Review of the Most Important Trends in the Russian Court Practice (2014) Pertaining to International Commercial Arbitration

In 2014, the Russian courts issued a number of decisions highly relevant to international commercial arbitration. We present below a review of the most important conclusions and trends in Russian court practice as may be inferred from those decisions. Although some of the court cases had to do with “domestic” rather than international commercial arbitration, the court findings may be of broader importance as discussed below.
1. The approach of the Russian Higher Arbitrazh Court to so-called “objective impartiality” in arbitration has been revisited in two consecutive cases by the Constitutional Court of the Russian Federation (hereinafter – Constitutional Court). In the first ruling, issued in November 2014, the Constitutional Court held, in contrast with the position traditionally held by Russian arbitrazh courts, that membership of a party to arbitration in a non-commercial organization that founded the arbitral institution administering the arbitration does not, per se, undermine the arbitrators’ independence (although a lack of independence still may be established where a sufficient objective connection exists between a party and an arbitrator). The Constitutional Court ruling was only issued to fit a set of specific facts (i.e. that of domestic arbitration cases administered by arbitration institutions founded by non-commercial organizations, a member of which is party to an arbitration with a non-member). However, the same reasoning may apply in a broader context, e.g., where a party to a dispute acts as a founder of the arbitral institution, without actually intruding on the arbitrator’s independence. It remains to be seen how this ruling will shape the Russian courts’ broader approach to “objective impartiality” and whether the courts will apply the rationale of the ruling, by extension, to international commercial arbitration.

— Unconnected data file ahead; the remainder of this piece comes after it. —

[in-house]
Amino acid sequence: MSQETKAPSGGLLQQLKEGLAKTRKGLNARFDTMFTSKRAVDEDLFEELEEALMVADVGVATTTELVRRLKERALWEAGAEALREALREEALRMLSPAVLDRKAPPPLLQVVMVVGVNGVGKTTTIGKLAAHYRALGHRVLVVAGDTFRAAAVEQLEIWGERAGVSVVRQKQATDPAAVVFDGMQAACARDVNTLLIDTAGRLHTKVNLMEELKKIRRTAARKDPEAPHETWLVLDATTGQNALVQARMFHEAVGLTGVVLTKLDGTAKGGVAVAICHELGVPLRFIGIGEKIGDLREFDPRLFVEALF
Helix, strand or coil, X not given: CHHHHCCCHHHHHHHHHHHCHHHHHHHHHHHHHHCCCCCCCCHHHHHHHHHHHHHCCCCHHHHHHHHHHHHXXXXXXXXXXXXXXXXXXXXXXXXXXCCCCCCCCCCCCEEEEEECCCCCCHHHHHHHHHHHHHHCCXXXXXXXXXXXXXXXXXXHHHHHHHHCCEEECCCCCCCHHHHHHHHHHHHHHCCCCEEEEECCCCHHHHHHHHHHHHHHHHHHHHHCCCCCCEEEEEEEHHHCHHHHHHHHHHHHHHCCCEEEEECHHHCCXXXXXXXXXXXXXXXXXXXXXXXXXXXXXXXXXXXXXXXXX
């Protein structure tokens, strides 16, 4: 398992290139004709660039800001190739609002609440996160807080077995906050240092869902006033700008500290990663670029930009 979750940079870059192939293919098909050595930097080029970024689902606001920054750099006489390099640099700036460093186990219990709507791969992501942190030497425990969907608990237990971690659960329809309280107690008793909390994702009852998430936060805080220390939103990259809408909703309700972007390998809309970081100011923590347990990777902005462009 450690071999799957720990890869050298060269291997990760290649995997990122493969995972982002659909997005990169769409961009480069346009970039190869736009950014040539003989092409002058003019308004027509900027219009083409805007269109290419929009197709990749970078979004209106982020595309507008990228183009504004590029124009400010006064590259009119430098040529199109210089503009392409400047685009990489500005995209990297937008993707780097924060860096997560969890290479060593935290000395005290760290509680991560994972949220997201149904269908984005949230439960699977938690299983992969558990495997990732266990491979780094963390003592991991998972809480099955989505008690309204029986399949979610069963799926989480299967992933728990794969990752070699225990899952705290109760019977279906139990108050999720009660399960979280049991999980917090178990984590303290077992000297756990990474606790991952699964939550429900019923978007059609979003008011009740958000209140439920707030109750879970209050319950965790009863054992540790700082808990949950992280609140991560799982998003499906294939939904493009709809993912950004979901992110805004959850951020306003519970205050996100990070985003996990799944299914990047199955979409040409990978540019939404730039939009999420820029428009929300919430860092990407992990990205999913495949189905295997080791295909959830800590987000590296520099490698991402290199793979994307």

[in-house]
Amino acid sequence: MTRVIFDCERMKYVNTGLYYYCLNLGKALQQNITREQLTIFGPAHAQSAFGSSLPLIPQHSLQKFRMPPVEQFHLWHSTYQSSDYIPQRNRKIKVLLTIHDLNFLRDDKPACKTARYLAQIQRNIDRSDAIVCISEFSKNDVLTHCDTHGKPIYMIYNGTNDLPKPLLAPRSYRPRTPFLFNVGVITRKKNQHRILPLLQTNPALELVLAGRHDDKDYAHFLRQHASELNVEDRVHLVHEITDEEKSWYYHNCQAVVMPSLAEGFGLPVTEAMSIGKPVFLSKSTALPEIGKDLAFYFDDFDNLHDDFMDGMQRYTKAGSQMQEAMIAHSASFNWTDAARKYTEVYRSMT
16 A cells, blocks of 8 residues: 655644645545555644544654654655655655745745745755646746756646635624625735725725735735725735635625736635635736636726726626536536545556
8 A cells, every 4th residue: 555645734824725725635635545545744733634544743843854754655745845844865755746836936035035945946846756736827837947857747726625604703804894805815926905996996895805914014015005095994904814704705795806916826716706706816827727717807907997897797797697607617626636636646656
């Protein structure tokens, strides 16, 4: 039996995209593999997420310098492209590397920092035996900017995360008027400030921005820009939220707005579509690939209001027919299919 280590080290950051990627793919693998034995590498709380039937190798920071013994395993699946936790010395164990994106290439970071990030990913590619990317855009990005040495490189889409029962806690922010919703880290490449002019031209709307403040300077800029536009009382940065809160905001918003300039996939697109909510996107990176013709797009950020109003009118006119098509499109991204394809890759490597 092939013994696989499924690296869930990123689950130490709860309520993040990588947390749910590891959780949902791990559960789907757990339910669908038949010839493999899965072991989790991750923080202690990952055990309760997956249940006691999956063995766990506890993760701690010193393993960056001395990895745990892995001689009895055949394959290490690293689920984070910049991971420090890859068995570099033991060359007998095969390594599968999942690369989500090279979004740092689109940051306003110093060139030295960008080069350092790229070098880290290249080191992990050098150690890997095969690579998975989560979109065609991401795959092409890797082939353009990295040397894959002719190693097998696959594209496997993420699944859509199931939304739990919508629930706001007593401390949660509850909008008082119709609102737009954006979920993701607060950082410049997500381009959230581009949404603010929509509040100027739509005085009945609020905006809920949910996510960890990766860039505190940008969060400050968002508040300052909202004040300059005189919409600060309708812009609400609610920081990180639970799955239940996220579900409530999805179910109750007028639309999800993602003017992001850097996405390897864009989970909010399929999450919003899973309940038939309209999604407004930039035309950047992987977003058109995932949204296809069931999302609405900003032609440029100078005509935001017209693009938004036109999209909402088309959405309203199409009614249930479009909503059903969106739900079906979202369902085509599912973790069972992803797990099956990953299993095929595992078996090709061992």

In a subsequent resolution issued in December 2014 the Constitutional Court confirmed that although the “objective impartiality” test applies to the tribunal and not the arbitral institution, still the connecting factors between the arbitrators and the parties need to be considered. It is to be inferred that in situations where one of the parties or its affiliates are the founders of an arbitral institution, and have the ability to influence the arbitration proceedings and the tribunal because of such special status, the courts still may find, in line with the pre-existing prevailing practice, that the “objective impartiality” is not secured and the arbitral award is not to be enforced, or is to be set aside, as the case may be.